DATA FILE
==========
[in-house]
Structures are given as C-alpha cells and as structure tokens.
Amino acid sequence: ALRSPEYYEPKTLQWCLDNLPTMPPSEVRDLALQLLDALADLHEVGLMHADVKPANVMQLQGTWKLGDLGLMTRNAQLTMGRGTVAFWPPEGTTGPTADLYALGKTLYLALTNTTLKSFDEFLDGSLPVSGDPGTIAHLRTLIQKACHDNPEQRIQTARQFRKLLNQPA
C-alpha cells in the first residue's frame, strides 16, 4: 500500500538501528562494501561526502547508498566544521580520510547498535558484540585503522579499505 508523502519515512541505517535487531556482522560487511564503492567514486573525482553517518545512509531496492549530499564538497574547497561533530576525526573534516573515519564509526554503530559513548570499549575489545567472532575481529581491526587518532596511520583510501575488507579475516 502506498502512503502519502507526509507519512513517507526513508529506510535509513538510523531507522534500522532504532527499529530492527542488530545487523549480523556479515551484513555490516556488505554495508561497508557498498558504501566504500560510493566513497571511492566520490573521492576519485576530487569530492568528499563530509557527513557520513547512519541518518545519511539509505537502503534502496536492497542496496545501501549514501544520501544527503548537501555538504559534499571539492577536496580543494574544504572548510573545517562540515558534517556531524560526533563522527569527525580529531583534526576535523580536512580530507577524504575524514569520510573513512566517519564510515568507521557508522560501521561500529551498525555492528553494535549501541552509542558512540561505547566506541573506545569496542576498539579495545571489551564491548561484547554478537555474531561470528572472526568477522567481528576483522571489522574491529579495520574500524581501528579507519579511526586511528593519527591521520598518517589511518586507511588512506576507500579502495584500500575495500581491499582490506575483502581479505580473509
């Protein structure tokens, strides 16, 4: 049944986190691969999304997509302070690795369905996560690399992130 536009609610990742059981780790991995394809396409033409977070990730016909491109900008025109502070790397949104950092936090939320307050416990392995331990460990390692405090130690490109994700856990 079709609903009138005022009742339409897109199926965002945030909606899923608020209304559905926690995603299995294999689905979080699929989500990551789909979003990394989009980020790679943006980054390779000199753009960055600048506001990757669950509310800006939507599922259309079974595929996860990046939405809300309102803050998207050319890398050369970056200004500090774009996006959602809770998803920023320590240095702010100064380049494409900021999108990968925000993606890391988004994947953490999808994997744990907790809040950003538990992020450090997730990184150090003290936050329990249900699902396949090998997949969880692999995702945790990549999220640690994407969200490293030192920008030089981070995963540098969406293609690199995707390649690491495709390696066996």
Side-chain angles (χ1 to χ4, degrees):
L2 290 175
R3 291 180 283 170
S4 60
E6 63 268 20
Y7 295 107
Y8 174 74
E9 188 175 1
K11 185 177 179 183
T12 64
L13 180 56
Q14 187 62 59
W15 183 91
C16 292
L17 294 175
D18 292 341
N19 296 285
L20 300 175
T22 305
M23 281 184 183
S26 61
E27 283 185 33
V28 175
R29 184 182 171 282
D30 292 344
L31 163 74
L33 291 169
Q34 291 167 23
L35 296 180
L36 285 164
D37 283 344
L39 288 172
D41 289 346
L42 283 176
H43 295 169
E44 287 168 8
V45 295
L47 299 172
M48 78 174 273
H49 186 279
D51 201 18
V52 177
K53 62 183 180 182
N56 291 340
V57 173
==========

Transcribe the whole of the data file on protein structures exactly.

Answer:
[in-house]
Structures are given as C-alpha cells and as structure tokens.
Amino acid sequence: ALRSPEYYEPKTLQWCLDNLPTMPPSEVRDLALQLLDALADLHEVGLMHADVKPANVMQLQGTWKLGDLGLMTRNAQLTMGRGTVAFWPPEGTTGPTADLYALGKTLYLALTNTTLKSFDEFLDGSLPVSGDPGTIAHLRTLIQKACHDNPEQRIQTARQFRKLLNQPA
C-alpha cells in the first residue's frame, strides 16, 4: 500500500538501528562494501561526502547508498566544521580520510547498535558484540585503522579499505 508523502519515512541505517535487531556482522560487511564503492567514486573525482553517518545512509531496492549530499564538497574547497561533530576525526573534516573515519564509526554503530559513548570499549575489545567472532575481529581491526587518532596511520583510501575488507579475516 502506498502512503502519502507526509507519512513517507526513508529506510535509513538510523531507522534500522532504532527499529530492527542488530545487523549480523556479515551484513555490516556488505554495508561497508557498498558504501566504500560510493566513497571511492566520490573521492576519485576530487569530492568528499563530509557527513557520513547512519541518518545519511539509505537502503534502496536492497542496496545501501549514501544520501544527503548537501555538504559534499571539492577536496580543494574544504572548510573545517562540515558534517556531524560526533563522527569527525580529531583534526576535523580536512580530507577524504575524514569520510573513512566517519564510515568507521557508522560501521561500529551498525555492528553494535549501541552509542558512540561505547566506541573506545569496542576498539579495545571489551564491548561484547554478537555474531561470528572472526568477522567481528576483522571489522574491529579495520574500524581501528579507519579511526586511528593519527591521520598518517589511518586507511588512506576507500579502495584500500575495500581491499582490506575483502581479505580473509
């Protein structure tokens, strides 16, 4: 049944986190691969999304997509302070690795369905996560690399992130 536009609610990742059981780790991995394809396409033409977070990730016909491109900008025109502070790397949104950092936090939320307050416990392995331990460990390692405090130690490109994700856990 079709609903009138005022009742339409897109199926965002945030909606899923608020209304559905926690995603299995294999689905979080699929989500990551789909979003990394989009980020790679943006980054390779000199753009960055600048506001990757669950509310800006939507599922259309079974595929996860990046939405809300309102803050998207050319890398050369970056200004500090774009996006959602809770998803920023320590240095702010100064380049494409900021999108990968925000993606890391988004994947953490999808994997744990907790809040950003538990992020450090997730990184150090003290936050329990249900699902396949090998997949969880692999995702945790990549999220640690994407969200490293030192920008030089981070995963540098969406293609690199995707390649690491495709390696066996």
Side-chain angles (χ1 to χ4, degrees):
L2 290 175
R3 291 180 283 170
S4 60
E6 63 268 20
Y7 295 107
Y8 174 74
E9 188 175 1
K11 185 177 179 183
T12 64
L13 180 56
Q14 187 62 59
W15 183 91
C16 292
L17 294 175
D18 292 341
N19 296 285
L20 300 175
T22 305
M23 281 184 183
S26 61
E27 283 185 33
V28 175
R29 184 182 171 282
D30 292 344
L31 163 74
L33 291 169
Q34 291 167 23
L35 296 180
L36 285 164
D37 283 344
L39 288 172
D41 289 346
L42 283 176
H43 295 169
E44 287 168 8
V45 295
L47 299 172
M48 78 174 273
H49 186 279
D51 201 18
V52 177
K53 62 183 180 182
N56 291 340
V57 173